Living in a large house undoubtedly has its advantages, such as plenty of space and luxurious amenities. When it comes to heating and cooling your home though, you have some rather unique challenges.
You’ve decided you want to upgrade to a ductless mini split system, as you’ve heard they’re more cost-effective and energy-efficient. You have no idea whether a mini split can cool your home given its size.
To answer that question, we highly suggest you use our hvac load calculator tool! Our tool correlates the square footage of your home to the amount of cooling power needed from a mini split in British thermal units or BTUs.
The tool correlates to the size of the zones that a ductless mini split will provide cooling for. A zone is an area in which a technician will install an indoor air-handling unit.
The air-handling unit provides cool air. It can also release warm air too if you live in a chilly regio
Humidity is all around us.
Most people assume that humidity is the oppressive heat you feel in the summertime. It’s mostly the high temperatures that make it hard to breathe, but humidity does play its role.
Humidity is technically a measure of how much moisture is in the air. Most homes and offices contain about 30 to 50 percent relative humidity, which isn’t enough to feel any noticeable difference most of the time.
If your humidity levels are higher than average because you live in a wet, swampy climate, you might have become interested in ductless mini split systems because you heard they could double as a dehumidifier.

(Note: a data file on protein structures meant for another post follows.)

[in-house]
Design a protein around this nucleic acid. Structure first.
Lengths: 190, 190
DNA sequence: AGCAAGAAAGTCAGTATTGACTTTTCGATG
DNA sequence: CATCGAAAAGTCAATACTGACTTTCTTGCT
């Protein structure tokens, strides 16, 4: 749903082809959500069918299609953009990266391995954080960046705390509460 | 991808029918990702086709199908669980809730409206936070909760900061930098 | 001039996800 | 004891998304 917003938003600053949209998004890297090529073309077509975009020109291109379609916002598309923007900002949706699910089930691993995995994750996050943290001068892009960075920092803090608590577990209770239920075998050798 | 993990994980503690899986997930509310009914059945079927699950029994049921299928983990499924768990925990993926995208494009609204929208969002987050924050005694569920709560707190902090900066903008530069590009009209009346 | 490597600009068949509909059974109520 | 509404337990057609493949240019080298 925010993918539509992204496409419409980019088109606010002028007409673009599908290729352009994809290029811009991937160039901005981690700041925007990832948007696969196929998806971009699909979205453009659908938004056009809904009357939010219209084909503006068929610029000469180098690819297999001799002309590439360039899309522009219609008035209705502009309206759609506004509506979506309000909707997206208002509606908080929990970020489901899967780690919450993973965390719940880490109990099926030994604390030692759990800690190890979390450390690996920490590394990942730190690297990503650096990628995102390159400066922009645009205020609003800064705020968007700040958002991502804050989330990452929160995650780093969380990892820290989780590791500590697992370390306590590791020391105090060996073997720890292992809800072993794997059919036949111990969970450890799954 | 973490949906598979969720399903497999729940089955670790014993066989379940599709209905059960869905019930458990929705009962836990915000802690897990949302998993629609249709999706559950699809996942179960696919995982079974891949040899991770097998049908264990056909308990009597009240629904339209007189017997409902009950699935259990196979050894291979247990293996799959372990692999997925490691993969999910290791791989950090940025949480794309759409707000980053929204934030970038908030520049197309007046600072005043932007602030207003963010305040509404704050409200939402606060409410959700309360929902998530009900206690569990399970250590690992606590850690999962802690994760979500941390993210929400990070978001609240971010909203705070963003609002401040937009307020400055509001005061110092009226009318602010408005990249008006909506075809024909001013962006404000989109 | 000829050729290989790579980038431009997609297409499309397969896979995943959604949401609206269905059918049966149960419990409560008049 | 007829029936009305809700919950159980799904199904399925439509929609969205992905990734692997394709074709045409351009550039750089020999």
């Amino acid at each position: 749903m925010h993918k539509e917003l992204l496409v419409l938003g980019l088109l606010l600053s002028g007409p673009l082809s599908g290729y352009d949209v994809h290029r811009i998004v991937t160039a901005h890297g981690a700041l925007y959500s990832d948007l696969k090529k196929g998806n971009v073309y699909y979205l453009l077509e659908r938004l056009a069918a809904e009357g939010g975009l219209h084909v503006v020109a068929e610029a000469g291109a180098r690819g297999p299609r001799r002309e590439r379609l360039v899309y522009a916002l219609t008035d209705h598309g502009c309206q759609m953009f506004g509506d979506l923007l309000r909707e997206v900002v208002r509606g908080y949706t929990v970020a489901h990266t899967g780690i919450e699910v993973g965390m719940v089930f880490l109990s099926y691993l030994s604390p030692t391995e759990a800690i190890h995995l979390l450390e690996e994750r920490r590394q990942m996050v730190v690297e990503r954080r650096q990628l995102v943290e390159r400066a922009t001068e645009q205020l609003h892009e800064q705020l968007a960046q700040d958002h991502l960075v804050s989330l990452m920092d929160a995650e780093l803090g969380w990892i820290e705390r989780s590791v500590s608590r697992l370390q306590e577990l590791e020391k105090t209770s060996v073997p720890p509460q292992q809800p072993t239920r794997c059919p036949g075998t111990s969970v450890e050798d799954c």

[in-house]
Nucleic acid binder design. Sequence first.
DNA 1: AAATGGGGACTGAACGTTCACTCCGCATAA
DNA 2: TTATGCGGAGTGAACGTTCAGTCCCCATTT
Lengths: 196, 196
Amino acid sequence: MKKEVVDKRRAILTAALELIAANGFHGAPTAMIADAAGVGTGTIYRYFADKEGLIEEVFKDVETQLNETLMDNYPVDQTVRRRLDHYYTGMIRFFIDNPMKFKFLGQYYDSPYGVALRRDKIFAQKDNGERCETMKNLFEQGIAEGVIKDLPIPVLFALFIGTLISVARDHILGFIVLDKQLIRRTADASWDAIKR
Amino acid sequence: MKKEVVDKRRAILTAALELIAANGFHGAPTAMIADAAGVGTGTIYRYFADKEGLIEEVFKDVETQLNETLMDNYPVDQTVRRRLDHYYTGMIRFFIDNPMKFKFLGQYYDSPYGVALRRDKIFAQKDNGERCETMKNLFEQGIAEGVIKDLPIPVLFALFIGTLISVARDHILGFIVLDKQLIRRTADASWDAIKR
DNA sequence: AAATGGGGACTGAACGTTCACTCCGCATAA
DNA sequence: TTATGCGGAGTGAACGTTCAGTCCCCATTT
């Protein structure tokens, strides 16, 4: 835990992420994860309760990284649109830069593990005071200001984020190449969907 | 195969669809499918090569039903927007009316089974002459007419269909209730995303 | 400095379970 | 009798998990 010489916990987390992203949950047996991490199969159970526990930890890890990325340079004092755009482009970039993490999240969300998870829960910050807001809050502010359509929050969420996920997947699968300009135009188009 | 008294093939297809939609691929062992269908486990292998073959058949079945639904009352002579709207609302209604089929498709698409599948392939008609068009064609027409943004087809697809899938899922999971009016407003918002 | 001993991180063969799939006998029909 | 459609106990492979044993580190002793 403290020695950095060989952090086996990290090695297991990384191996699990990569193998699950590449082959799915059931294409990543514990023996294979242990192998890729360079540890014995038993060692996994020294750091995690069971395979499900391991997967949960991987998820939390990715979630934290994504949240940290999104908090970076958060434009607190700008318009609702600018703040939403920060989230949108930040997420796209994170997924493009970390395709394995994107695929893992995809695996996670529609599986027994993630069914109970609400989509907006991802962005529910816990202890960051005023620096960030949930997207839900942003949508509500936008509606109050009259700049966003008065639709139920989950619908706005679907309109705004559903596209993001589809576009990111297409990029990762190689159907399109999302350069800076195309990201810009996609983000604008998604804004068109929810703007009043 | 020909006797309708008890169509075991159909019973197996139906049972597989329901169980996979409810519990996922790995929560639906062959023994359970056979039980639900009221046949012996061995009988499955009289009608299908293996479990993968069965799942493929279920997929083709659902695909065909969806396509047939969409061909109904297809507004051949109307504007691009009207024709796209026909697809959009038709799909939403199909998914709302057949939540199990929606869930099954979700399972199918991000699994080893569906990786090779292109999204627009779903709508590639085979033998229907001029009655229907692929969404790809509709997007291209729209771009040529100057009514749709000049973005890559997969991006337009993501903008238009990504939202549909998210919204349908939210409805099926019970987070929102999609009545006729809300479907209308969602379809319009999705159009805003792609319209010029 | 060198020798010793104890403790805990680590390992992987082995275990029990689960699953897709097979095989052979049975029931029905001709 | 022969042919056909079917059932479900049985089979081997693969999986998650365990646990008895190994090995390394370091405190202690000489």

Is that the case?
It is, but with some limits.
The average amount of moisture that people produce on an average day is roughly 25 pints. Ductless mini split systems can remove four of those pints of humidity each hour so your home feels drier and more comfortable.
That’s no small feat at all. However, if you wante
Posted: May 25, 2022
First, one neighbor told you about their positive experience with a ductless mini split, then another. You’re curious and even a little intrigued, but you don’t know much of anything about ductless mini splits.
You’d like to change that. What should you know about this alternative heating and cooling method? Here are some facts to get you started.
Ductless Mini Splits Ditch the Ductwork
The name ductless is in there for a reason. Mini splits forego the ducts, which means saying goodbye to all the problems associated with ducts, especially air leaks.
According to Energy Star, upwards of 30 percent of the air that travels through a ducted system disappears through ducts that aren’t properly connected or have holes or gaps.
It’s no wonder a ducted system is so wildly inefficient!
Ductless Mini Splits Are Way Better for the Environment
Posted: May 18, 2022
Ductless mini splits can make a big difference in how comfortable your home feels (not to mention how much money you’ll spend on your utility bills), but they only work their best when they’re properly maintained.
If you’re a first-time mini split owner who’s still new to the system, this article will benefit you.
Here is all the maintenance a mini split requires.
Dust Off the Condenser
The compressor or condenser is the outdoor component of your ductless mini split system. Although it is protected from ground changes due to the concrete slab underneath, and it should be safeguarded overhead with an awning, the compressor can still get dirty.
Every month or so, go outside and remove sticks,
Your split system has been a godsend. You haven’t had to use a furnace and an air conditioner in so long because the split system provides both heating and cooling, As such, you’ve saved so much money on your utility bills in the past couple of months.
Unfortunately, though, your split system is barely producing hot air anymore. You’ve tinkered with the included thermostat and even still, the air that comes out is hardly warm. It’s certainly not hot.
You’re not sure what’s going on and whether you need a new split system. Why won’t your split system heat up?
First of all, you likely do not need a new split system, especially if you just got yours installed. A split system that won’t produce hot air is a relatively common problem with a simple fix.
The coils of your c